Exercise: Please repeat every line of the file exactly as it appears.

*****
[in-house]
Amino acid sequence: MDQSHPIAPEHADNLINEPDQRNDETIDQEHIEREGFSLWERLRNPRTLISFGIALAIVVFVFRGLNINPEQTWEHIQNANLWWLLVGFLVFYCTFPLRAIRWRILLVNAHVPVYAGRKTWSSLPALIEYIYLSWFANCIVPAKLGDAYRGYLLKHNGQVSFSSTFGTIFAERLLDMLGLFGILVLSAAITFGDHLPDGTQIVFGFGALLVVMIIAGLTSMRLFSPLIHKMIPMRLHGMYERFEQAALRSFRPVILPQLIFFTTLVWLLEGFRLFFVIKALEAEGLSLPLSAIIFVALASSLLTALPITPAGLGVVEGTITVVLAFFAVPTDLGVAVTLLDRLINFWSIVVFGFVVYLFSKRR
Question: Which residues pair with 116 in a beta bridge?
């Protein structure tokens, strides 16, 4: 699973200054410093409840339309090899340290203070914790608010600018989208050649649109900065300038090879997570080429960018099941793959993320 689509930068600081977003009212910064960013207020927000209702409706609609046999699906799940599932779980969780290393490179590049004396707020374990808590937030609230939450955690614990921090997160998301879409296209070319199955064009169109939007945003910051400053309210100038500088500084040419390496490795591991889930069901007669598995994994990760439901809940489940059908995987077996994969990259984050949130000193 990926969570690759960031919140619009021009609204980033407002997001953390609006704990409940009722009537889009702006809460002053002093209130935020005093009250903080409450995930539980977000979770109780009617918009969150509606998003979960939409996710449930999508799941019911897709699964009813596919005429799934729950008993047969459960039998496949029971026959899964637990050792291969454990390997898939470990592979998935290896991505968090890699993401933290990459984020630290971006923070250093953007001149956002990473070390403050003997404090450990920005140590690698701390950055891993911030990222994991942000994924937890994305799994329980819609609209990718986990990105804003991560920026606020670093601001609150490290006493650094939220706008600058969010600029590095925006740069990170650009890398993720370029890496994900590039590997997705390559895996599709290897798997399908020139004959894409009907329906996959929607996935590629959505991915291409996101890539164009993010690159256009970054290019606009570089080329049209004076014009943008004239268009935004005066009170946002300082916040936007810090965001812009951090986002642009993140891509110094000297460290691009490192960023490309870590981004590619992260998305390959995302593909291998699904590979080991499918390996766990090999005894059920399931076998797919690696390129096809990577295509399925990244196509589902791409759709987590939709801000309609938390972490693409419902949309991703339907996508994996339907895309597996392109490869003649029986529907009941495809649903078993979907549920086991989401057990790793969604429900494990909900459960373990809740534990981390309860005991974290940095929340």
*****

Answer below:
[in-house]
Amino acid sequence: MDQSHPIAPEHADNLINEPDQRNDETIDQEHIEREGFSLWERLRNPRTLISFGIALAIVVFVFRGLNINPEQTWEHIQNANLWWLLVGFLVFYCTFPLRAIRWRILLVNAHVPVYAGRKTWSSLPALIEYIYLSWFANCIVPAKLGDAYRGYLLKHNGQVSFSSTFGTIFAERLLDMLGLFGILVLSAAITFGDHLPDGTQIVFGFGALLVVMIIAGLTSMRLFSPLIHKMIPMRLHGMYERFEQAALRSFRPVILPQLIFFTTLVWLLEGFRLFFVIKALEAEGLSLPLSAIIFVALASSLLTALPITPAGLGVVEGTITVVLAFFAVPTDLGVAVTLLDRLINFWSIVVFGFVVYLFSKRR
Question: Which residues pair with 116 in a beta bridge?
């Protein structure tokens, strides 16, 4: 699973200054410093409840339309090899340290203070914790608010600018989208050649649109900065300038090879997570080429960018099941793959993320 689509930068600081977003009212910064960013207020927000209702409706609609046999699906799940599932779980969780290393490179590049004396707020374990808590937030609230939450955690614990921090997160998301879409296209070319199955064009169109939007945003910051400053309210100038500088500084040419390496490795591991889930069901007669598995994994990760439901809940489940059908995987077996994969990259984050949130000193 990926969570690759960031919140619009021009609204980033407002997001953390609006704990409940009722009537889009702006809460002053002093209130935020005093009250903080409450995930539980977000979770109780009617918009969150509606998003979960939409996710449930999508799941019911897709699964009813596919005429799934729950008993047969459960039998496949029971026959899964637990050792291969454990390997898939470990592979998935290896991505968090890699993401933290990459984020630290971006923070250093953007001149956002990473070390403050003997404090450990920005140590690698701390950055891993911030990222994991942000994924937890994305799994329980819609609209990718986990990105804003991560920026606020670093601001609150490290006493650094939220706008600058969010600029590095925006740069990170650009890398993720370029890496994900590039590997997705390559895996599709290897798997399908020139004959894409009907329906996959929607996935590629959505991915291409996101890539164009993010690159256009970054290019606009570089080329049209004076014009943008004239268009935004005066009170946002300082916040936007810090965001812009951090986002642009993140891509110094000297460290691009490192960023490309870590981004590619992260998305390959995302593909291998699904590979080991499918390996766990090999005894059920399931076998797919690696390129096809990577295509399925990244196509589902791409759709987590939709801000309609938390972490693409419902949309991703339907996508994996339907895309597996392109490869003649029986529907009941495809649903078993979907549920086991989401057990790793969604429900494990909900459960373990809740534990981390309860005991974290940095929340």